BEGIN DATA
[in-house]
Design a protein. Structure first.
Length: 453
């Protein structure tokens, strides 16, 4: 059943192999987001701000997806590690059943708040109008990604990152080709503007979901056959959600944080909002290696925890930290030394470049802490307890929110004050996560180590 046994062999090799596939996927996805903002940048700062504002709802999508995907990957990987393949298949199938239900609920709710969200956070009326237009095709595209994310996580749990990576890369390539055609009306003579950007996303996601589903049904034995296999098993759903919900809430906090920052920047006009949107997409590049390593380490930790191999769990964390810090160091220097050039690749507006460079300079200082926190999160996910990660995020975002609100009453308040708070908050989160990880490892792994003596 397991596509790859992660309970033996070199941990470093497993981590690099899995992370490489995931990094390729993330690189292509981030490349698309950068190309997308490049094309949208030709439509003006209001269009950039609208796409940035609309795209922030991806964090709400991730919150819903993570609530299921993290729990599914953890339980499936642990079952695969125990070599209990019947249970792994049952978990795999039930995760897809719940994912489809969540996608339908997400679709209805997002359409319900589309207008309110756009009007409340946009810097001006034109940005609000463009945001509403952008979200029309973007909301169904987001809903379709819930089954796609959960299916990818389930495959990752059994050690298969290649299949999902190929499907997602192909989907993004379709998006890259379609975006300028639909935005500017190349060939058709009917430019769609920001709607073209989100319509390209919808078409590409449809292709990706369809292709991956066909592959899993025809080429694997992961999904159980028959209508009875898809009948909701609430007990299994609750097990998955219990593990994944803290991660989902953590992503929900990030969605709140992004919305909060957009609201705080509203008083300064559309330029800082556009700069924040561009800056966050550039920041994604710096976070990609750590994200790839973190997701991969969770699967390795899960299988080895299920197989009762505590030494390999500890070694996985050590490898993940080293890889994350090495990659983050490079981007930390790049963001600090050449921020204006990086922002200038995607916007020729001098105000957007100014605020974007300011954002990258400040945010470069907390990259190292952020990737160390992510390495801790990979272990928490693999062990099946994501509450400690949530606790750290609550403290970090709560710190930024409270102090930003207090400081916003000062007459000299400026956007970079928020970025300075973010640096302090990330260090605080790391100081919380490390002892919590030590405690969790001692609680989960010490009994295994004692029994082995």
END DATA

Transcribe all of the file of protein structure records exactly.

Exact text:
[in-house]
Design a protein. Structure first.
Length: 453
């Protein structure tokens, strides 16, 4: 059943192999987001701000997806590690059943708040109008990604990152080709503007979901056959959600944080909002290696925890930290030394470049802490307890929110004050996560180590 046994062999090799596939996927996805903002940048700062504002709802999508995907990957990987393949298949199938239900609920709710969200956070009326237009095709595209994310996580749990990576890369390539055609009306003579950007996303996601589903049904034995296999098993759903919900809430906090920052920047006009949107997409590049390593380490930790191999769990964390810090160091220097050039690749507006460079300079200082926190999160996910990660995020975002609100009453308040708070908050989160990880490892792994003596 397991596509790859992660309970033996070199941990470093497993981590690099899995992370490489995931990094390729993330690189292509981030490349698309950068190309997308490049094309949208030709439509003006209001269009950039609208796409940035609309795209922030991806964090709400991730919150819903993570609530299921993290729990599914953890339980499936642990079952695969125990070599209990019947249970792994049952978990795999039930995760897809719940994912489809969540996608339908997400679709209805997002359409319900589309207008309110756009009007409340946009810097001006034109940005609000463009945001509403952008979200029309973007909301169904987001809903379709819930089954796609959960299916990818389930495959990752059994050690298969290649299949999902190929499907997602192909989907993004379709998006890259379609975006300028639909935005500017190349060939058709009917430019769609920001709607073209989100319509390209919808078409590409449809292709990706369809292709991956066909592959899993025809080429694997992961999904159980028959209508009875898809009948909701609430007990299994609750097990998955219990593990994944803290991660989902953590992503929900990030969605709140992004919305909060957009609201705080509203008083300064559309330029800082556009700069924040561009800056966050550039920041994604710096976070990609750590994200790839973190997701991969969770699967390795899960299988080895299920197989009762505590030494390999500890070694996985050590490898993940080293890889994350090495990659983050490079981007930390790049963001600090050449921020204006990086922002200038995607916007020729001098105000957007100014605020974007300011954002990258400040945010470069907390990259190292952020990737160390992510390495801790990979272990928490693999062990099946994501509450400690949530606790750290609550403290970090709560710190930024409270102090930003207090400081916003000062007459000299400026956007970079928020970025300075973010640096302090990330260090605080790391100081919380490390002892919590030590405690969790001692609680989960010490009994295994004692029994082995």